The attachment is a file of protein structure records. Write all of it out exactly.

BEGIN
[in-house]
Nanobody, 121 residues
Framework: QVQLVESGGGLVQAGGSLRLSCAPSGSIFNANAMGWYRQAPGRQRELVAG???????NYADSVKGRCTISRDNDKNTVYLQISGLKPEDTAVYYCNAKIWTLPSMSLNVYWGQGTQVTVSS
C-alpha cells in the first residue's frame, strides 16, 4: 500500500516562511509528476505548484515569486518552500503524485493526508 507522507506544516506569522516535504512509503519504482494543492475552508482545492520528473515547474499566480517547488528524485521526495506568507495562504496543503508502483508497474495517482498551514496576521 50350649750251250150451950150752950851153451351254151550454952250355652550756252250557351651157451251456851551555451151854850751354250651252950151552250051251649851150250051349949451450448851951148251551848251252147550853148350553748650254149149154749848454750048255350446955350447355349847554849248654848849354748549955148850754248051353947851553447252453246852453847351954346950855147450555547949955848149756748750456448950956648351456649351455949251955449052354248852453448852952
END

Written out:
[in-house]
Nanobody, 121 residues
Framework: QVQLVESGGGLVQAGGSLRLSCAPSGSIFNANAMGWYRQAPGRQRELVAG???????NYADSVKGRCTISRDNDKNTVYLQISGLKPEDTAVYYCNAKIWTLPSMSLNVYWGQGTQVTVSS
C-alpha cells in the first residue's frame, strides 16, 4: 500500500516562511509528476505548484515569486518552500503524485493526508 507522507506544516506569522516535504512509503519504482494543492475552508482545492520528473515547474499566480517547488528524485521526495506568507495562504496543503508502483508497474495517482498551514496576521 50350649750251250150451950150752950851153451351254151550454952250355652550756252250557351651157451251456851551555451151854850751354250651252950151552250051251649851150250051349949451450448851951148251551848251252147550853148350553748650254149149154749848454750048255350446955350447355349847554849248654848849354748549955148850754248051353947851553447252453246852453847351954346950855147450555547949955848149756748750456448950956648351456649351455949251955449052354248852453448852952